Overuse of Water in Singapore


Courtesy of Singapore's National Water Agency

This bar chart depicts Singapore’s water consumption issue as they make changes to decrease their consumption.

Mircea Kippes, Staff Writer

On average Singapore consumes 430 million gallons of water per day. With this much water being used there is no doubt that this problem is going to be overlooked. 

Therefore, the city-state has created a plan to develop new technology to acquire clean water when it becomes scarce within a few decades. 

Singapore already struggles with obtaining quality and natural water on its own as it is an island. However, the rise in temperature due to climate change has made it even harder for them to get the water that they need. According to Shane Snyder (an executive director for the Water Research Institute for Singapore) who was interviewed by CNN news reporter Zahra Jamshed, “Singapore truly has become a global water hub… it imports approximately 40% of its water today.”  

Singapore isn’t the only country struggling with obtaining quality water, in fact, about ¼ of the world lives in areas with high demand for water which they can’t get. This is due to the consumption of water being greater than the earth’s supply. The earth can’t replace the water as quickly as we are using it.  

Researchers at Snyder’s company are finding ways to make Singapore water independent so they have control on their water and aren’t just waiting for another country to bring it to them. 

The country is known for its fountains, reservoirs, waterfalls, etc. but all these water structures aren’t using natural water. So the country is dependent on nearby countries to supply them with natural water. However, one method that the workers at Synder’s company have come up with is using carbon fiber aerogel. It is a small black sponge that can absorb water up to 190 times its own weight. It can clean the country’s wastewater – removing contaminants as well as microplastics – on a large scale. 

The second method is to collect their rainwater. As of right now, they are collecting ⅔ of rainwater but they want to aim for 90% collection. While this sounds easy the country has a limited amount of land that gets rain (because it’s an island) as well as it lacks space to hold the water while it’s not being used.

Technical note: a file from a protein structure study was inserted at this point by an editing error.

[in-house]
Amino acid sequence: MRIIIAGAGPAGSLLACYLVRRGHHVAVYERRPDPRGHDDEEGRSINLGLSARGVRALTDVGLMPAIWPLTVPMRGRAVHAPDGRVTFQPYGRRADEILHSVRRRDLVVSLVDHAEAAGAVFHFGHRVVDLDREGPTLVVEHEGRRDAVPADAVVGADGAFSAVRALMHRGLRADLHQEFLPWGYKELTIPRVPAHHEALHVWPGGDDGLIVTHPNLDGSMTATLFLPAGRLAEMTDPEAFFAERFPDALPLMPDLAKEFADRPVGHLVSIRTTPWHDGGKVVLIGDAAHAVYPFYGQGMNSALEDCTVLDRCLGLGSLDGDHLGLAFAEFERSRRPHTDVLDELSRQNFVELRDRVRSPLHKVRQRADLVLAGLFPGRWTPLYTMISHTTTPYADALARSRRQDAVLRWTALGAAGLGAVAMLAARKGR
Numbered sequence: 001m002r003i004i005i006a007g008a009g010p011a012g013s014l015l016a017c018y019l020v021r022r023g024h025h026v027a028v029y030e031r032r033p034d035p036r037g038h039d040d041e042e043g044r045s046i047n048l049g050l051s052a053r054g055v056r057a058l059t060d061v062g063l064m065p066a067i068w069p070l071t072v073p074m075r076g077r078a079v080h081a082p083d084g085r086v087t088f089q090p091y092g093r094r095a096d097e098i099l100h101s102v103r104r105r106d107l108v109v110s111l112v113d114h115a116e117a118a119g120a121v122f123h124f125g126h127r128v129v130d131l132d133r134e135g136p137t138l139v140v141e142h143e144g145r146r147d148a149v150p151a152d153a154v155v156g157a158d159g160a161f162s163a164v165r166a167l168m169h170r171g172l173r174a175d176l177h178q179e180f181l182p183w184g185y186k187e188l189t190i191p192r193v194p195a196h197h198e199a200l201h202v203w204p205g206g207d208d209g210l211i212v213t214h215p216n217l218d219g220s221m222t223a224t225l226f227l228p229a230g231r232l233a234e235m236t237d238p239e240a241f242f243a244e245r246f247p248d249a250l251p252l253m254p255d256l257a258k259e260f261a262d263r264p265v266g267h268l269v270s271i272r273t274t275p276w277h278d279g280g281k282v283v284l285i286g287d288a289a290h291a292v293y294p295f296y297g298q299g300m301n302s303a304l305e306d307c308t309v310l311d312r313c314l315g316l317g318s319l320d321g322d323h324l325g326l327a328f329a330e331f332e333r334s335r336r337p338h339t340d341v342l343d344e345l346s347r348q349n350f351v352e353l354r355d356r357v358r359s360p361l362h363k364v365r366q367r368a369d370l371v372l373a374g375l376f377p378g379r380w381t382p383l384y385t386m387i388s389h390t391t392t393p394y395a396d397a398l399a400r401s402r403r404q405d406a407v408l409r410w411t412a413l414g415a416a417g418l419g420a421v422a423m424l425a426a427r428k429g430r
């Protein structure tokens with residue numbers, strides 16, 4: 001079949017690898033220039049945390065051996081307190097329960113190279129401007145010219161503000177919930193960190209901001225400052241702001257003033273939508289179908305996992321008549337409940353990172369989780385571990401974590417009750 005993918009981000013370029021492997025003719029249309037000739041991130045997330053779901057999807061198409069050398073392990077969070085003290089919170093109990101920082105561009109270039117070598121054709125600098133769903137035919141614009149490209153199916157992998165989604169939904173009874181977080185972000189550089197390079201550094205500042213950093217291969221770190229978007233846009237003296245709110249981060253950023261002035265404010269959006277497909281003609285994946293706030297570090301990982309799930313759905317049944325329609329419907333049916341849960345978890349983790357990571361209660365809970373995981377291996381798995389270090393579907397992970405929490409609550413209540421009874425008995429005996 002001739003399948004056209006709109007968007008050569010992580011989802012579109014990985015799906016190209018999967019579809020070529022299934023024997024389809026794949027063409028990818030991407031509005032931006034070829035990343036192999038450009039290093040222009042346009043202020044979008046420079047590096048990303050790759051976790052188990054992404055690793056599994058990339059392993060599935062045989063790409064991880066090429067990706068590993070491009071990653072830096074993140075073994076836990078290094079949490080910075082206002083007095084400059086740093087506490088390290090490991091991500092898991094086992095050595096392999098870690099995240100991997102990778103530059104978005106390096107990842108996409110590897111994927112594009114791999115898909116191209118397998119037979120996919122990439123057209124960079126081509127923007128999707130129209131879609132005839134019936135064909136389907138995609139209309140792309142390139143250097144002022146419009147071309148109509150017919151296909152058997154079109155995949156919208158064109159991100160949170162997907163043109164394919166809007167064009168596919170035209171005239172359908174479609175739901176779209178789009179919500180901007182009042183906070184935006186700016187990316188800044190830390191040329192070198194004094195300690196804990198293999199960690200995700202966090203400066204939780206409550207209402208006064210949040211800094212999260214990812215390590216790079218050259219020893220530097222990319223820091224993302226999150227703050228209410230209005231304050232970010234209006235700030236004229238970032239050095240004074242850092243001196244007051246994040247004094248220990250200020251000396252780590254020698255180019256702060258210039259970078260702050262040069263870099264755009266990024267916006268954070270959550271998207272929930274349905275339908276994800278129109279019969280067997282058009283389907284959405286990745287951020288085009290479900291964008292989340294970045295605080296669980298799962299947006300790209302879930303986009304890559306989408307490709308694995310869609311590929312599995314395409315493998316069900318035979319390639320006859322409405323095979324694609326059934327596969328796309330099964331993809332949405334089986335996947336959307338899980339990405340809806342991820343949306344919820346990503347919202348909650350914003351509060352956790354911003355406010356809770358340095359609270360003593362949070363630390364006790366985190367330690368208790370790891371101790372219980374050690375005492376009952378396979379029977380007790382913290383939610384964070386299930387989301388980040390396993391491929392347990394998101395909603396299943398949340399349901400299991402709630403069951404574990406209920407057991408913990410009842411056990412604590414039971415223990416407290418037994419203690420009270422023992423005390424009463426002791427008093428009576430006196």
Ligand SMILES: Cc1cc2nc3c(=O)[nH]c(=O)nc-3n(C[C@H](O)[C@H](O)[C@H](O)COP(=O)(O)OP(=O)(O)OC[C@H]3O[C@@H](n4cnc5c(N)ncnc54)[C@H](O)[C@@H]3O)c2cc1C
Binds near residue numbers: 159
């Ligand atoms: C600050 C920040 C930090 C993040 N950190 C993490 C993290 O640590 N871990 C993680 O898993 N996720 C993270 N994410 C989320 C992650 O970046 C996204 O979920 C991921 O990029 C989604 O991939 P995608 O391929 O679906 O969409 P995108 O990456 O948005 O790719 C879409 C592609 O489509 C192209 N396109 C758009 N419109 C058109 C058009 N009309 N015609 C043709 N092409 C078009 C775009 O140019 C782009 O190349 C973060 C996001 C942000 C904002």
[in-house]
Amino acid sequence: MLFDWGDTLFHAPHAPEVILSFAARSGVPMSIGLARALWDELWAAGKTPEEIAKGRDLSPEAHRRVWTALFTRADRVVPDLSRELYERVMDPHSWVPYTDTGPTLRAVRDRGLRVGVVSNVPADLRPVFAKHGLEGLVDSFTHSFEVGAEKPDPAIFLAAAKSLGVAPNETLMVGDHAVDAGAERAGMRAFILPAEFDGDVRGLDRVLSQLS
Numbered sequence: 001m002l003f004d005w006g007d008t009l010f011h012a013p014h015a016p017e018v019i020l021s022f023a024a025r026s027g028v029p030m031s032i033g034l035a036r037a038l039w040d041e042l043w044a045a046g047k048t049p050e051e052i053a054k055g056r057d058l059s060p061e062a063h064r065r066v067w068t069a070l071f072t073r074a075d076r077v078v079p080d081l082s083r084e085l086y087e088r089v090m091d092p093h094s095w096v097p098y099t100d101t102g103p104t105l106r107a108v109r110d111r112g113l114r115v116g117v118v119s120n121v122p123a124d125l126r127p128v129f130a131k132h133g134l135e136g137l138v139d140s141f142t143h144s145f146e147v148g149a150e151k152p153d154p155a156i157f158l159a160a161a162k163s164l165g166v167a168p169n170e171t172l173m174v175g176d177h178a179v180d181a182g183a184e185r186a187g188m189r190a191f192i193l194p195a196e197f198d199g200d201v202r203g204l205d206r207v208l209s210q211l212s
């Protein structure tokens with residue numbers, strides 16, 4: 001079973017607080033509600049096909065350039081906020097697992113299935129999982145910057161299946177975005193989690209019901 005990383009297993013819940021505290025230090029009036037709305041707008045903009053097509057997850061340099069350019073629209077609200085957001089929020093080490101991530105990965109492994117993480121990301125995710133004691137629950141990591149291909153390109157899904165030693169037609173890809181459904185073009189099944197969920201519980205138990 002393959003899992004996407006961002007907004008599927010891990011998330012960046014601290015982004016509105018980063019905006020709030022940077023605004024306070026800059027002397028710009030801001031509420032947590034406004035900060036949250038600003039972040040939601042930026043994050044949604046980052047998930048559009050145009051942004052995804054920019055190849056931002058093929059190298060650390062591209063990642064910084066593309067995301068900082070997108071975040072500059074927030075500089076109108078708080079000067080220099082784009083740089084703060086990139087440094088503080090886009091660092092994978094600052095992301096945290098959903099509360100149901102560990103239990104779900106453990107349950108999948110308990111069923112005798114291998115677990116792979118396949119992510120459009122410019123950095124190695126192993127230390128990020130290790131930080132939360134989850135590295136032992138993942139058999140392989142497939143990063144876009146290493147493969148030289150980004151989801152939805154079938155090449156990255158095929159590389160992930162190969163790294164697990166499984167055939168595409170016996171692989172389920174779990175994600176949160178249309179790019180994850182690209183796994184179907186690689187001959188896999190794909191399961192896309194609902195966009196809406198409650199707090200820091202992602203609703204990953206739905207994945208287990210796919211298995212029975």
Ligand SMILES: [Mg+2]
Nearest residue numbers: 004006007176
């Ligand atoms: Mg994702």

The third method is to remove salt from the seawater that surrounds the country. While it’s not the most cost-efficient method it is a natural method for the country to use.  

The last method is to simply reduce the amount of water that is being used. This is the most cost-efficient and long-term solution.
According to the International Water Association, they expect that by 2060 the Singapore water demand could be doubled. However, Singapore has taken action to create NEWater (water from rainfall) and remove salt from seawater. If they continue these methods along with the others listed above the country will be able to provide 85% of their own water demand. 

In addition to the methods that researchers have created the country has come up with a 4 – step action plan. Beginning with Regenerative Water Services which would include a deep tunnel sewerage system that would use gravity to move wastewater rather than pumps of water moving it. Secondly, guiding developing businesses to invest in rain gardens to support the stormwater treatments. Third of all, Basin connected cities which would decrease the pollution to the water supply. Lastly, water-wise communities this step doesn’t seem to be in the near future however, they want to put a limit on the usage of water per city.